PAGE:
An action or special proceeding may be maintained, by the president or treasurer of an unincorporated association to recover any property, or upon any cause of action, for or upon which all the associates may maintain such an action or special proceeding, by reason of their interest or ownership therein, either jointly or in common. An action may likewise be maintained by such president or treasurer to recover from one or more members of such association his or their proportionate share of any moneys lawfully expended by such association for the benefit of such associates, or to enforce any lawful claim of such association against such member or members.
N.Y. Gen'l Assoc. Law § 12 (McKinney's 1994) (emphasis added). Because the statutory provision is generally viewed as "a pleading and procedural aid," and not as "denying a right of action to an association lacking officers bearing such titles," suit can be brought in the name of "an officer who is the functional equivalent" of a president or treasurer. Arbor Hill, 250 F. Supp. 2d at 61--62 (internal citations omitted).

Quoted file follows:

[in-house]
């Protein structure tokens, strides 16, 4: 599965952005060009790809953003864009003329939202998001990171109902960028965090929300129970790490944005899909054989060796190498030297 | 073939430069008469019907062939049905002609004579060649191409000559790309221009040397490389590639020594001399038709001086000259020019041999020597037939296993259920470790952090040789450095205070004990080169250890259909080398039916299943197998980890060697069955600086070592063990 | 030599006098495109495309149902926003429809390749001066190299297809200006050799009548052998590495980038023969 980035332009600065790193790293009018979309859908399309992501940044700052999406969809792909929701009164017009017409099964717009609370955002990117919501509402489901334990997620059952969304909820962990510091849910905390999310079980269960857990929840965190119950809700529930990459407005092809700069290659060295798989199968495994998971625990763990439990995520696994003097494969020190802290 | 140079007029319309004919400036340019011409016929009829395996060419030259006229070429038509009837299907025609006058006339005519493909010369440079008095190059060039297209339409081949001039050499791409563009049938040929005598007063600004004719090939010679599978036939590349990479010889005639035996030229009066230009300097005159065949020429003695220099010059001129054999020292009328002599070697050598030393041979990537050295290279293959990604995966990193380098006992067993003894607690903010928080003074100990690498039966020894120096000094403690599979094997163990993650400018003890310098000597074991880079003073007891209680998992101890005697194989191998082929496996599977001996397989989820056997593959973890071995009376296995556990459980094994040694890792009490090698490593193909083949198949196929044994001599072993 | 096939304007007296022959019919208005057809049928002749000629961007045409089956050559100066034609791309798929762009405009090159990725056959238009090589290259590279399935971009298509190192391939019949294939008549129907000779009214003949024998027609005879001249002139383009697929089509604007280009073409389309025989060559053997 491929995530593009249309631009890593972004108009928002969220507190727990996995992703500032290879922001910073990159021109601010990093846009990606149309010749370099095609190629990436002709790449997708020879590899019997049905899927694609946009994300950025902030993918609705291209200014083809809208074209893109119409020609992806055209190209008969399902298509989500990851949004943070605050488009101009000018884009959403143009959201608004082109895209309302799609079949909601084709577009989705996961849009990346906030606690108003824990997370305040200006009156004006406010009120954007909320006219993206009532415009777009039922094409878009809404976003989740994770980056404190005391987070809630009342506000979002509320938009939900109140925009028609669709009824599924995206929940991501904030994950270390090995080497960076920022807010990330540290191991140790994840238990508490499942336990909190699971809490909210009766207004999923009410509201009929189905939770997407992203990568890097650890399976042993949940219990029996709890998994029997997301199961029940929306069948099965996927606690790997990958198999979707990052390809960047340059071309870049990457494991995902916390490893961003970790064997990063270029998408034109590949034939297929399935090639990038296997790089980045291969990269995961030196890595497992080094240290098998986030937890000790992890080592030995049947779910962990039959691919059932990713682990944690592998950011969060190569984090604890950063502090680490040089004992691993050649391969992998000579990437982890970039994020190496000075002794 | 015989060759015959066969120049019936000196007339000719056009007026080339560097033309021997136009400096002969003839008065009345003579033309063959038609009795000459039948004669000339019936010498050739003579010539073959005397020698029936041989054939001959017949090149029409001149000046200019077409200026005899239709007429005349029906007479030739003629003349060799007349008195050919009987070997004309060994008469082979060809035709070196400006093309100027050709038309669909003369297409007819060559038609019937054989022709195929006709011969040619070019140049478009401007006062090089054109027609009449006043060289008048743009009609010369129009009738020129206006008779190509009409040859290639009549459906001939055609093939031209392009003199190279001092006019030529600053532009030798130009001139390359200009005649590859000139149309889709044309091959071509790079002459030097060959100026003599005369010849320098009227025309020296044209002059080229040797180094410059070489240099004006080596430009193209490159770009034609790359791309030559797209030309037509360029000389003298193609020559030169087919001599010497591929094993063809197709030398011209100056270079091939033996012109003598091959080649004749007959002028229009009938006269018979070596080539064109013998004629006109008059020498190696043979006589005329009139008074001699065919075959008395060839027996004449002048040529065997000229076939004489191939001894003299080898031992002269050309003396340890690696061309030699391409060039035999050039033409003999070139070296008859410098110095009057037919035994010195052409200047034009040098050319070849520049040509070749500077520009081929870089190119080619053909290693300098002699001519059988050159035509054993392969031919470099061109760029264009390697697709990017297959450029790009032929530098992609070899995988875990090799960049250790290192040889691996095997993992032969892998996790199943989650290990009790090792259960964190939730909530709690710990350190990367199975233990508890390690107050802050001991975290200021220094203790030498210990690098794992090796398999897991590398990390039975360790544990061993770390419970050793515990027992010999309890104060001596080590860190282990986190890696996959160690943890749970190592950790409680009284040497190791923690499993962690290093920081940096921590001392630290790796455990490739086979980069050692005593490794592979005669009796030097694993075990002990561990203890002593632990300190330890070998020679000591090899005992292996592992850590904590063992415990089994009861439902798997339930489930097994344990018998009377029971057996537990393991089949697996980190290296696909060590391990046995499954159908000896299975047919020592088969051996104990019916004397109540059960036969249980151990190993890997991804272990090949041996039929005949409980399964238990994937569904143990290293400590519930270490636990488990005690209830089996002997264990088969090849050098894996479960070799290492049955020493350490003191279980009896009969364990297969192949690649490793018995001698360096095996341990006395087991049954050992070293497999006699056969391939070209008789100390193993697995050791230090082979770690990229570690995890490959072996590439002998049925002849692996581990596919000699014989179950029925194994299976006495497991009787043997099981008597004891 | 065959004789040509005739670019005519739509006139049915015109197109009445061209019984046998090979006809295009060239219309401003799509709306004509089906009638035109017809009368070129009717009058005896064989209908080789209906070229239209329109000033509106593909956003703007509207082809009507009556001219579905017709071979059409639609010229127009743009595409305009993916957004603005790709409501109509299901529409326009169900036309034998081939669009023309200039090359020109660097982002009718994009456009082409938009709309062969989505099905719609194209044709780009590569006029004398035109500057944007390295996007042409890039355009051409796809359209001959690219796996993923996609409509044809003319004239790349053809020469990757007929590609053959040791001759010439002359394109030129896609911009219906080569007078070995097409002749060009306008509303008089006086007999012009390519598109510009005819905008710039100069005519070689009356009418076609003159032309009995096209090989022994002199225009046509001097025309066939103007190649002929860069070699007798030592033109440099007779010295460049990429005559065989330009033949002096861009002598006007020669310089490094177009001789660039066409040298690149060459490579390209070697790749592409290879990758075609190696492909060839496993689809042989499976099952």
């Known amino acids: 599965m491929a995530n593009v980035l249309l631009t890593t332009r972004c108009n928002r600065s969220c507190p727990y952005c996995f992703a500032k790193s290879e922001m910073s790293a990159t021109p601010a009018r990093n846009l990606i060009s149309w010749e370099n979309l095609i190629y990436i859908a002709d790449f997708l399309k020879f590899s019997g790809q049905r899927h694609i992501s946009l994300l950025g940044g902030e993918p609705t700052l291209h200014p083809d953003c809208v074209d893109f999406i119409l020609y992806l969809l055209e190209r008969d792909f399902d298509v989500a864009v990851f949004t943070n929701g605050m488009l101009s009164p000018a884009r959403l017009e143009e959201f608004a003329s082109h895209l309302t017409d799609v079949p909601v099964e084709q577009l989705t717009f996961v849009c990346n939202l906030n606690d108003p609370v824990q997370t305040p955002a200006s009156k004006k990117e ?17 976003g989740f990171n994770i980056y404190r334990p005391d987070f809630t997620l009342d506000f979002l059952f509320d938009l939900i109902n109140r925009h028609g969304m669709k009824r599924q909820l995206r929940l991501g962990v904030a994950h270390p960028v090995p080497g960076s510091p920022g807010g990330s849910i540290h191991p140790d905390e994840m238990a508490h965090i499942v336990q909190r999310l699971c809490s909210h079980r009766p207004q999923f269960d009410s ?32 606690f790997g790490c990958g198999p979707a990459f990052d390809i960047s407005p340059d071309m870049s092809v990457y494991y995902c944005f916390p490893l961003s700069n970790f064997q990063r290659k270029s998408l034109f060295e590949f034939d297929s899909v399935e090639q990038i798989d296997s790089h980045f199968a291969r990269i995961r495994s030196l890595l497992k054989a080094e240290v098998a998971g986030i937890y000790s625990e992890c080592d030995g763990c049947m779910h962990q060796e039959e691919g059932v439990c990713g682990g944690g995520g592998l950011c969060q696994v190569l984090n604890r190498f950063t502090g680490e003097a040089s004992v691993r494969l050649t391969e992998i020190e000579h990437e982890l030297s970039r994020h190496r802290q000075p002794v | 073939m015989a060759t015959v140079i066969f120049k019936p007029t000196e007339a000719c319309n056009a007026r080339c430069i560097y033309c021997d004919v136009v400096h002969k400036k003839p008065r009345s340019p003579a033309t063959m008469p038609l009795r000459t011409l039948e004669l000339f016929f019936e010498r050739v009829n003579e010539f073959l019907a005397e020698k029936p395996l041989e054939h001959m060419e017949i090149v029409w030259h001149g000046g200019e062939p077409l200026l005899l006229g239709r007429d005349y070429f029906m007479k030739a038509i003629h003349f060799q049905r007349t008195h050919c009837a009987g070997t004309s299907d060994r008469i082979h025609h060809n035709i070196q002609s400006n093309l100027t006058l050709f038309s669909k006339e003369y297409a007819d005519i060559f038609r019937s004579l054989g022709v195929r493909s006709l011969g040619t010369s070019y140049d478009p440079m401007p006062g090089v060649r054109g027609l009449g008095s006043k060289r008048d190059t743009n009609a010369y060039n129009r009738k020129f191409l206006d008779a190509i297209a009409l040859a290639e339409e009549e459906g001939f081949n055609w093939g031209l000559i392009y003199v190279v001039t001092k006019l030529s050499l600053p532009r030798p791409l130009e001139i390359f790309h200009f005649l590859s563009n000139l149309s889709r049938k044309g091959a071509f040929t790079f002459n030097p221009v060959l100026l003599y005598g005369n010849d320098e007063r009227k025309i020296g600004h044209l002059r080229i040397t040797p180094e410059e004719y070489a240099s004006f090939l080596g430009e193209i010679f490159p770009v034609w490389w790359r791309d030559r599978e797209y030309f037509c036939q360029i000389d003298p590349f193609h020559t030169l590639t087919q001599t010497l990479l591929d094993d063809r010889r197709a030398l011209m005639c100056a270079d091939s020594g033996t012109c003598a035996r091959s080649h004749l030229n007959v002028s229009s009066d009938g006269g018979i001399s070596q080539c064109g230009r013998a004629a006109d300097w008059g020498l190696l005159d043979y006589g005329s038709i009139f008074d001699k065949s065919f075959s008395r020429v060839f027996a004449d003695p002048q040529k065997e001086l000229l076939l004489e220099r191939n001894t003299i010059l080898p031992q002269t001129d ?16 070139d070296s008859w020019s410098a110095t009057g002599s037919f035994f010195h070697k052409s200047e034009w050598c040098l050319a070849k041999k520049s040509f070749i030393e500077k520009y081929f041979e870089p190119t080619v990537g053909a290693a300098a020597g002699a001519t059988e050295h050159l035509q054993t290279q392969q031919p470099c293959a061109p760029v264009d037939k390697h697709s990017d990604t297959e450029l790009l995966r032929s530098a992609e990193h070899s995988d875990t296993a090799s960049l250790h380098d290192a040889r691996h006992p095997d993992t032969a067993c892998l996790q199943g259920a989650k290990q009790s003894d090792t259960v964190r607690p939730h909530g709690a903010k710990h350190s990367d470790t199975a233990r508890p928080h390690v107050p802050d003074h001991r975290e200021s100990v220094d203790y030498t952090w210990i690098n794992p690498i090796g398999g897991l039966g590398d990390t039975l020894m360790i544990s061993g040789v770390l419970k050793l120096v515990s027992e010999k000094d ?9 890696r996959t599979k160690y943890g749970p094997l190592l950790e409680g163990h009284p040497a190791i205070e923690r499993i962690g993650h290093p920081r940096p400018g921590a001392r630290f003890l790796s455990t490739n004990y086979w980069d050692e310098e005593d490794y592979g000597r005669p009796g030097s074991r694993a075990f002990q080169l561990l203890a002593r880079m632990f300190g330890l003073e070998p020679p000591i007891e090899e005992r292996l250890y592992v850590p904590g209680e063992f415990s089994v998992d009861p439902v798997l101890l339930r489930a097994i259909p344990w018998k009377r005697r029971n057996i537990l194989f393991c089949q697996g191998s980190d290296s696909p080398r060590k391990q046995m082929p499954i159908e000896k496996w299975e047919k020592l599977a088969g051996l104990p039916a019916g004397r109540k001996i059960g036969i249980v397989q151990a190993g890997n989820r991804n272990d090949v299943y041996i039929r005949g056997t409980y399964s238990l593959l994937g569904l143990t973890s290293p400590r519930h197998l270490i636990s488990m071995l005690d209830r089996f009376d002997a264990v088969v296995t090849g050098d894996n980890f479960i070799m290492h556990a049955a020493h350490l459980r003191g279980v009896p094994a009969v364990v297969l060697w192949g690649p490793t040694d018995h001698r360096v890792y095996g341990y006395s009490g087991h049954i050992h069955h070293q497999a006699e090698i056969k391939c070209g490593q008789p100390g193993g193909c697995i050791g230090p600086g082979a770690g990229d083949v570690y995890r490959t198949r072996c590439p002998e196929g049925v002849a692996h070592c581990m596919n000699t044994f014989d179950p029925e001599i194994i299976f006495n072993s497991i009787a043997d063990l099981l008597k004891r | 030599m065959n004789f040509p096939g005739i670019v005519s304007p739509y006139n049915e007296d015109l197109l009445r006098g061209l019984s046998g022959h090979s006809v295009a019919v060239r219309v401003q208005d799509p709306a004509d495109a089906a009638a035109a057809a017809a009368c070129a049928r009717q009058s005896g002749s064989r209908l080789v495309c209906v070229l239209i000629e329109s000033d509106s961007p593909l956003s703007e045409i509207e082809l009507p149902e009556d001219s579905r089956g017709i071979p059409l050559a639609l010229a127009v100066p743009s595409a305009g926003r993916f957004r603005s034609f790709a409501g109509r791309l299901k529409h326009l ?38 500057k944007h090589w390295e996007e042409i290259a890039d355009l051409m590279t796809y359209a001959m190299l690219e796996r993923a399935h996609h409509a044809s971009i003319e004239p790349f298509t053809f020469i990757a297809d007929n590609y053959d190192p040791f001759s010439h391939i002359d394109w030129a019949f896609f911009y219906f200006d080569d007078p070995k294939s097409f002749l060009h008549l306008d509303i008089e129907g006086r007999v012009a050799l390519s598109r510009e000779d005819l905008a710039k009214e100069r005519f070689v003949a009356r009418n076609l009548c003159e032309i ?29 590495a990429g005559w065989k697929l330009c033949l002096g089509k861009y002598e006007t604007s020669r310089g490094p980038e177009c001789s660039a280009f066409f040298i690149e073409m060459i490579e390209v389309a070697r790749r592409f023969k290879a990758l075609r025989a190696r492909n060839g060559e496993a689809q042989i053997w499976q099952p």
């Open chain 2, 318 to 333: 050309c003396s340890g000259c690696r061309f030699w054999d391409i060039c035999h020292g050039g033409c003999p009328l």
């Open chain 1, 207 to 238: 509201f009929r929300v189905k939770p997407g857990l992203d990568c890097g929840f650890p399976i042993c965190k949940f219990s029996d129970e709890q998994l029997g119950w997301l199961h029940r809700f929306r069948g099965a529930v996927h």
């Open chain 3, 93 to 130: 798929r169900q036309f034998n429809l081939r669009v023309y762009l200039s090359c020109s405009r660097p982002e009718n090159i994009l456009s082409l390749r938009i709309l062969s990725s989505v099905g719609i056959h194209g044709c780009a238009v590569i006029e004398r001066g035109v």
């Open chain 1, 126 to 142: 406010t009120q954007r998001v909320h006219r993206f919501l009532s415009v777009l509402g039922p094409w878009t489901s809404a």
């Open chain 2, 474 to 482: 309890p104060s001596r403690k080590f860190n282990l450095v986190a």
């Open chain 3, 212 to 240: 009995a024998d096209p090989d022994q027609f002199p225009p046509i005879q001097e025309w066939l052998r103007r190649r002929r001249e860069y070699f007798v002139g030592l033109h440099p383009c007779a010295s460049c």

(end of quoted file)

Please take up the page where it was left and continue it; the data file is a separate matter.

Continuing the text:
If an unincorporated association has a president or treasurer, title alone is statutorily sufficient. The Court need not inquire into their specific functions, or whether they are appropriate representative parties. If an unincorporated association has no president or treasurer, the Court must examine the organization's structure to determine if the person who commenced the action is an elected or de facto officer performing equivalent functions and responsibilities as a president or treasurer. Id. at 62 (citing Locke Associates, Inc. v. Foundation for the Support of the United Nations, 173 Misc. 2d 502, 504). Therefore, only in the event that an unincorporated association has no president or treasurer do the specific functions of the person in whose name the suit is brought require delineation in the pleadings.